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Tuesday, March 6, 2018

Trader Joe's Shawarma Chicken Thighs

During my days in Hollyweird, California, a Lebanese restaurant called Roro's was brought to my attention by a co-worker. Not only was it affordable and delicious, but it happened to be situated exactly halfway between my apartment and my place of employment. 

I walked to work in those days, so I could easily pop in and out of the tiny hole-in-the-wall establishment without having to battle chaotic L.A. traffic and the tragically undersized and congested parking lot of the building in question, which I fondly referred to as "Satan's Strip Mall" by virtue of its address at 6660 Sunset Blvd—not to mention the apparently demon-possessed folks who frequented the area. 

It was there I fell in love with chicken shawarma. I never got anything else. I ate it for lunch or dinner at least once or twice a week for a number of years.

Since then, I've tried chicken shawarma from a few other places. Each was tasty, but there will always be a place in my heart for Roro's. And if you live in the Los Angeles area, but have no desire to venture into the Dark Land of Mordor, AKA Hollywood, Zankou Chicken is a close second-favorite of mine for shawarma, with locations conveniently scattered about the Southland.

And then there's this stuff from Trader Joe's. I have mixed feelings, as does Sonia.

Flavor-wise this offering lacks the tang of the chicken shawarma that I'm used to. I'm accustomed to shawarma marinated in yogurt with a good bit of lemony zing. Most chicken shawarma recipes you'll find online include a significant amount of lemon juice, and while this product does include "lemon juice" in its ingredients, I think the citrus flavor gets lost under the rest of the spices. And, alas, no yogurt. There's almost an Indian spice flavor here. Maybe it's the turmeric?

It's not a bad flavor. It's just not quite what I was expecting.

The texture is even further from my expectations. This chicken is much thicker and chewier than any shawarma I've ever had. The instructions do say to "slice" before serving—something we neglected to do with our first serving (pictured above). With subsequent attempts, we sliced it as thinly as we could, and I will say that the product works much better with smaller chunks of chicken, particularly when they're mixed with other Mediterranean foods. But still, there's just enough fat or gristle content in most pieces of chicken (at least in the package that we obtained) that it lacks the melt-in-your-mouth perfection of restaurant-quality shawarma.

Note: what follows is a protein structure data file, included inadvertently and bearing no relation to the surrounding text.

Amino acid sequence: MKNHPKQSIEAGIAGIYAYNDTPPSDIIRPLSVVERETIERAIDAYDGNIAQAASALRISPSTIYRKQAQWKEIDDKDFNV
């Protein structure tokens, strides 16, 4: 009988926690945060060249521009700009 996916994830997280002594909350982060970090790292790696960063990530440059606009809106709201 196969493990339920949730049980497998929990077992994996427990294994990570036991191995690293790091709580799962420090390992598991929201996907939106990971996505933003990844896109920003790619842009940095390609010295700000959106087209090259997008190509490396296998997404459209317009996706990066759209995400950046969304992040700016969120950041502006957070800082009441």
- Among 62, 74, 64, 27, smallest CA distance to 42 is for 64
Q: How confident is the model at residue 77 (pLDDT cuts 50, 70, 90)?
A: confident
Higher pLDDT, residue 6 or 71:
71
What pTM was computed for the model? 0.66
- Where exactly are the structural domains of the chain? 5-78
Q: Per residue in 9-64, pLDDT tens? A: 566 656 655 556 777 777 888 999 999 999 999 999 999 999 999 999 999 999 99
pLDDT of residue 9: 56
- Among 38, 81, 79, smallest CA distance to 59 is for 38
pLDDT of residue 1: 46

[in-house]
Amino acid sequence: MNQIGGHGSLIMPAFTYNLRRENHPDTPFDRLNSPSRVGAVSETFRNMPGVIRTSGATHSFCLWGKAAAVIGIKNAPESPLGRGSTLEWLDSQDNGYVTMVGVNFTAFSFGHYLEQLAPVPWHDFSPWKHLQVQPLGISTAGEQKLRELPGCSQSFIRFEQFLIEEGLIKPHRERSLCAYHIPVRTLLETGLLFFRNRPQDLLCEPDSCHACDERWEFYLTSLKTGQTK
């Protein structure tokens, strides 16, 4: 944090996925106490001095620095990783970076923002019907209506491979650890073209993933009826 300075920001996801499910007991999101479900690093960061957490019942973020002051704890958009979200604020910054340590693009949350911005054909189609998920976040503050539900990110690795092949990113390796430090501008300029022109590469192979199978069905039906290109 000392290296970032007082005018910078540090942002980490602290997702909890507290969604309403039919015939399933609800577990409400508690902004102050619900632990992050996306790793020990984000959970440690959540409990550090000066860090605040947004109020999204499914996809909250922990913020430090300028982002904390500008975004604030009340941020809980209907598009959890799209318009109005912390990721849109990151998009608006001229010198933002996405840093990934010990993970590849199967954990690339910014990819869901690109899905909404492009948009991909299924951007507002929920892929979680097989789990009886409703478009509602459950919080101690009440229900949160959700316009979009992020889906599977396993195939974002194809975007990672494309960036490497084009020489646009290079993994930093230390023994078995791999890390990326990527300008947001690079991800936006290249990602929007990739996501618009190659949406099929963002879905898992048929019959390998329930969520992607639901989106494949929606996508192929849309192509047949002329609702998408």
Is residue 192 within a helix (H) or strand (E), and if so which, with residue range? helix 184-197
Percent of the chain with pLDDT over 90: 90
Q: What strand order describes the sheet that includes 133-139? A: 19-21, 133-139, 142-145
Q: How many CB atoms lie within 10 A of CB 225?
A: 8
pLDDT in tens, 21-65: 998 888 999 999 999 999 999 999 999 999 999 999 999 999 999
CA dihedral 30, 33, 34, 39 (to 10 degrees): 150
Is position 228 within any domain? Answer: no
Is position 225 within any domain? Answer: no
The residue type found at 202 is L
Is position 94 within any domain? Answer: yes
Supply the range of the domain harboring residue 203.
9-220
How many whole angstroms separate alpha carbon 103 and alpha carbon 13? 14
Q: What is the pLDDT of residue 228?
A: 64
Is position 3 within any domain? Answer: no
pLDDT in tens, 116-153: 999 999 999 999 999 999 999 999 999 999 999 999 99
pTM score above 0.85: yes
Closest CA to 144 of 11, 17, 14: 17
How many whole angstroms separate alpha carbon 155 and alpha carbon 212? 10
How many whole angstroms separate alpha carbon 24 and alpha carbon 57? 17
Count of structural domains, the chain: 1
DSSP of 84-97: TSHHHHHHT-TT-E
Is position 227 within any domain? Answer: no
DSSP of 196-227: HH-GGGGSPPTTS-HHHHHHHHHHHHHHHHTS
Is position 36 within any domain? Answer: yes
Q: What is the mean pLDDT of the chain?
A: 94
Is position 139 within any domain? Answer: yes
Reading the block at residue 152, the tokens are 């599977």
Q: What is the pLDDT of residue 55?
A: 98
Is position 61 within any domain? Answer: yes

All in all, the chicken still went well with Trader Joe's Apocryphal Pita and Roasted Garlic Hummus, as well as some tabbouleh. The meal wasn't unsatisfying at all, despite the product's shortcomings. I think I'd have enjoyed it far more if I'd never had good shawarma and lacked any expectations. It could be that TJ's offering mimics Turkish shawarma or some other regional variant of the Middle Eastern dish, while I'm primarily only familiar with the Lebanese version. 

Our package was $6.69, but price will vary by weight. Ours was one of the lowest-priced that we saw. We were able to get about four reasonably-sized servings out of it.

I'll be generous and throw down three and a half stars. Sonia gives it three and a half as well.

Bottom line: 7 out of 10.


  1. If you like Zankou Chicken, try TJ's Garlic Spread-Dip. It's almost exactly like Zankou's garlic sauce.

    1. That garlic dip is AMAZING. And potentially NSFW! Haha, it’s gives you impressive garlic breath ;))

    2. yes, that is garlic ambrosia... i eat it with TJ's pita crackers or potato chips... mmm...

  2. You might improve the flavor by sauteeing it again after it's done cooking and cut into smaller pieces. If you watch at most shawarma places, they usually cook the meat again after it's been shaved off the big spit. That way you get crispy/caramelized texture in each piece, so it might help you avoid the chewy/rubbery texture you get when you eat the whole thigh.

  3. Not sure if you used an oven or grill but i think the char on the outside is important for both flavor and texture- might be better seared in a skillet and then baked if you want to use the oven.
    The annato seems weird here, it’s mostly used for that orangey color but also certainly has a specific flavor that is not found in middle eastenr cooking